just to illustrate the lack of English-language entertainment in those days (no bilingual TV, no satellite
TV, no videos - in fact life itself was in black and white), teachers would memorize whole chunks of the book
and entertain each other by reciting bits at parties.
Teachers used to have bushy sideburns and flared trousers, and that was just the females.
Do you remember the first class you taught?
I clearly remember one of the first. During my second week of teaching, I had to teach a private lesson to Ms. M.,
a new student who had undergone a 'level check' and was rated (like nearly everyone else who came to the school) as
a beginner. Unfortunately, not only did she turn out to be at least a high-intermediate, but my lesson was to be
monitored (all the rooms were bugged) by our trainer to see if I was following the rigorously designed method, which
basically involved reading from the specially written course manual'. Ms. M. was totally bemused by my efforts to
follow the mandatory question sequence of "Is this a pen?" "Is this a pencil?" - "Is this a pen or a pencil?" -
"What is this?" for pen, pencil, eraser, textbook, etc., and we ended up talking about Japanese politics. I was
severely reprimanded after the lesson for straying from the manual.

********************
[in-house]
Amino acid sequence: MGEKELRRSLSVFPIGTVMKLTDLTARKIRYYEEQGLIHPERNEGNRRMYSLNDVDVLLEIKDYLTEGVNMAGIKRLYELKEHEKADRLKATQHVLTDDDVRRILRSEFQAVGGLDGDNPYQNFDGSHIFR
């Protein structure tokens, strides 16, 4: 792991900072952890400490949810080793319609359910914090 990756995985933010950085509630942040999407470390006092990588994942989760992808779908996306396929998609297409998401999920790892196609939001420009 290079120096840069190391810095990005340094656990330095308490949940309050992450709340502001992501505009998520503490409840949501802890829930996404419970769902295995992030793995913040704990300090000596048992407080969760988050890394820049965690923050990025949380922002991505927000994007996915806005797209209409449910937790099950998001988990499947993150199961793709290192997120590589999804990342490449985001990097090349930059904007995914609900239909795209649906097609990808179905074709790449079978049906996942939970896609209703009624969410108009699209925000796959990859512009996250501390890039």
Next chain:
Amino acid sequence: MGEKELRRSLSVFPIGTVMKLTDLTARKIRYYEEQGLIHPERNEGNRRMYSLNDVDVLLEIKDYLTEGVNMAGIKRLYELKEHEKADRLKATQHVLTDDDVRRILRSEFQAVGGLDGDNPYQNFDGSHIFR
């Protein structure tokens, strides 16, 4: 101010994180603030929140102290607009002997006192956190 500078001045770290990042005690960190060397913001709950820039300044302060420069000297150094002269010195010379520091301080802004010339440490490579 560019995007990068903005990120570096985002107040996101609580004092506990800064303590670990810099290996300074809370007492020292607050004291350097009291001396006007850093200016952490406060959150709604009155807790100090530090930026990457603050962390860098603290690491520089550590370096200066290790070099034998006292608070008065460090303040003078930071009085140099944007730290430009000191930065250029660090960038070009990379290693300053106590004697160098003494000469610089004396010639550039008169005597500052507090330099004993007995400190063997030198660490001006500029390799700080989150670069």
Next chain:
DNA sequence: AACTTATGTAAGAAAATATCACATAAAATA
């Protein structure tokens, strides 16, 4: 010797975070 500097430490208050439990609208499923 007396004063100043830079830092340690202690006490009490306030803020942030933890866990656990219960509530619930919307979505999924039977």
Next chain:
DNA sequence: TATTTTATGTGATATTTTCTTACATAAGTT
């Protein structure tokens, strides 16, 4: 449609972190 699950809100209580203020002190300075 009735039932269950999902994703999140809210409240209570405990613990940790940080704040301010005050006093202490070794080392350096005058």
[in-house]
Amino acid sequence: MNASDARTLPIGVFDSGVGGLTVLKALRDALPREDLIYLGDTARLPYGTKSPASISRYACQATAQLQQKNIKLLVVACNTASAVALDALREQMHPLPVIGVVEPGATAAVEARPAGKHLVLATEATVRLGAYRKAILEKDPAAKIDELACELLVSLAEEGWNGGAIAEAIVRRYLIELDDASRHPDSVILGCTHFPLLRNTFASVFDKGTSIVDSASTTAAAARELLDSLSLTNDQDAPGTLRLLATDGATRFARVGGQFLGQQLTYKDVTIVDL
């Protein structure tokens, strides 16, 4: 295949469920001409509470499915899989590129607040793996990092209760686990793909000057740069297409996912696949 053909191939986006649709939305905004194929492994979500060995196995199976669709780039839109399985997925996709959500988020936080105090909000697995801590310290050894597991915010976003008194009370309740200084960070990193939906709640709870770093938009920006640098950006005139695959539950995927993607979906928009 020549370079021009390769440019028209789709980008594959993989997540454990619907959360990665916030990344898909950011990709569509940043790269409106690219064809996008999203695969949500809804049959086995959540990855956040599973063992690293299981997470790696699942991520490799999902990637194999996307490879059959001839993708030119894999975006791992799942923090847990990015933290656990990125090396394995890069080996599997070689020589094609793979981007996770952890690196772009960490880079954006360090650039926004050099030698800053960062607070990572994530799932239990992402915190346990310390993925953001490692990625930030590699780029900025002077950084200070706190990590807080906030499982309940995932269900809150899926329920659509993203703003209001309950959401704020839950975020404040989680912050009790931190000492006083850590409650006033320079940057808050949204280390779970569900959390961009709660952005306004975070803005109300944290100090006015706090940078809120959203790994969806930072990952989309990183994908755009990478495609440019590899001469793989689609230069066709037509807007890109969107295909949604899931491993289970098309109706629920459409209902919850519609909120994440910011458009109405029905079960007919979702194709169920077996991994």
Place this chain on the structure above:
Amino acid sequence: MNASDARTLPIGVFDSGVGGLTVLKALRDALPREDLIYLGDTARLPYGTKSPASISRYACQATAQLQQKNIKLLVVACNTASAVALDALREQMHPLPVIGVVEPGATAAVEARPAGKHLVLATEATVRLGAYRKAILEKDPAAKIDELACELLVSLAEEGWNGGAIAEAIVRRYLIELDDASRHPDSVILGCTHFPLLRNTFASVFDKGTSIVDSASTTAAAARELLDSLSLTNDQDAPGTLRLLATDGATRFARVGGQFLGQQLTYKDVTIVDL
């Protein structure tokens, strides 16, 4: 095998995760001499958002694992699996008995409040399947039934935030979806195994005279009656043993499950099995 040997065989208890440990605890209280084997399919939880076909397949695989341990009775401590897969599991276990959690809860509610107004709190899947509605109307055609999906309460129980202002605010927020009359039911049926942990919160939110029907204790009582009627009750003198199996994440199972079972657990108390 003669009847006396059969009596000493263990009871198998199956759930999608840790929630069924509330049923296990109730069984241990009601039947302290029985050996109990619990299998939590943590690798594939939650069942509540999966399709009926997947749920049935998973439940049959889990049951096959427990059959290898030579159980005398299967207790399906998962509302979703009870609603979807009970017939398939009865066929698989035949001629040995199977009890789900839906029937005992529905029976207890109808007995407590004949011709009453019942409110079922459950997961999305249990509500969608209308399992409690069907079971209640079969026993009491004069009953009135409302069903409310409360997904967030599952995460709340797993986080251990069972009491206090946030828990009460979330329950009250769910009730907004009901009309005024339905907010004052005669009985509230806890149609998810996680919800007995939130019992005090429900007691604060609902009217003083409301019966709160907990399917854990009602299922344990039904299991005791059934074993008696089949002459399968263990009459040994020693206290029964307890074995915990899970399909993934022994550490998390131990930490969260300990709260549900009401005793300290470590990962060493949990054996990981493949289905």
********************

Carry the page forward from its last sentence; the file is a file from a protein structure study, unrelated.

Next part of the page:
What's your favorite "breaking the ice" activity for a new class?
During the first class, I often have the students ask me about six questions from cues on the board, e.g.
(Where/from) - "Where are you from?", (Where/live) - "Where do you live?", (Japan) - "When did you come to
Japan?" or "What do you think of Japan" or "Do you like Japan?" I write the cues (old), (married), and
(money) in a 'bomb' to show which questions are inappropriate on first meeting. The students can also ask
their own appropriate questions, of course.
After answering the questions, and introducing the concept of follow-up questions, I dictate six similar
questions for the students to ask each other. The questions can be adapted to suit the level of the class,
for example, the first one would be "What's your name?" for elementary students, or "Could you tell me your
name?" at a higher level. I read the questions at natural speed, using reduced forms; the students write the
questions (not the answers), then check what they have written with a partner. I then elicit the questions
from the class, write them on the board, and work on any errors.
Alternatively, you could ask selected students to write the full questions on the board themselves, but I feel
this might be a little stressful for a first class. After demonstrating how to ask the questions and write the